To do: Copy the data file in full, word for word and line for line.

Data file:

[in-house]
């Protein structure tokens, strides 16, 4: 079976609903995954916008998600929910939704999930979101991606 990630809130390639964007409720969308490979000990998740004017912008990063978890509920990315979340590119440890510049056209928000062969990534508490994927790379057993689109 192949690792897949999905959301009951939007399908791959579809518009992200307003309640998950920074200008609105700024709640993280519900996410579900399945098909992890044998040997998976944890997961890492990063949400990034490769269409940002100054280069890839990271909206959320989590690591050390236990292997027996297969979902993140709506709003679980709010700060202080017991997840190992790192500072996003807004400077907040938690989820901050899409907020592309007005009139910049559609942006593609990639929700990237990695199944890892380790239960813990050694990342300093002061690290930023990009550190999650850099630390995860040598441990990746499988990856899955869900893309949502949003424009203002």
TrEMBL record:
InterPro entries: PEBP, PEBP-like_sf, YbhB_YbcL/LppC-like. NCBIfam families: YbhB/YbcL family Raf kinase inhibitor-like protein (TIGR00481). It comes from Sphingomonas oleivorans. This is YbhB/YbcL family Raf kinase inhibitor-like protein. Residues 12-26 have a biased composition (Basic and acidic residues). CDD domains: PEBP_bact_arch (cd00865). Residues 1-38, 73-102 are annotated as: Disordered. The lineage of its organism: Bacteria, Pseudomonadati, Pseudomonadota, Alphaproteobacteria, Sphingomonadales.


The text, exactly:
[in-house]
């Protein structure tokens, strides 16, 4: 079976609903995954916008998600929910939704999930979101991606 990630809130390639964007409720969308490979000990998740004017912008990063978890509920990315979340590119440890510049056209928000062969990534508490994927790379057993689109 192949690792897949999905959301009951939007399908791959579809518009992200307003309640998950920074200008609105700024709640993280519900996410579900399945098909992890044998040997998976944890997961890492990063949400990034490769269409940002100054280069890839990271909206959320989590690591050390236990292997027996297969979902993140709506709003679980709010700060202080017991997840190992790192500072996003807004400077907040938690989820901050899409907020592309007005009139910049559609942006593609990639929700990237990695199944890892380790239960813990050694990342300093002061690290930023990009550190999650850099630390995860040598441990990746499988990856899955869900893309949502949003424009203002």
TrEMBL record:
InterPro entries: PEBP, PEBP-like_sf, YbhB_YbcL/LppC-like. NCBIfam families: YbhB/YbcL family Raf kinase inhibitor-like protein (TIGR00481). It comes from Sphingomonas oleivorans. This is YbhB/YbcL family Raf kinase inhibitor-like protein. Residues 12-26 have a biased composition (Basic and acidic residues). CDD domains: PEBP_bact_arch (cd00865). Residues 1-38, 73-102 are annotated as: Disordered. The lineage of its organism: Bacteria, Pseudomonadati, Pseudomonadota, Alphaproteobacteria, Sphingomonadales.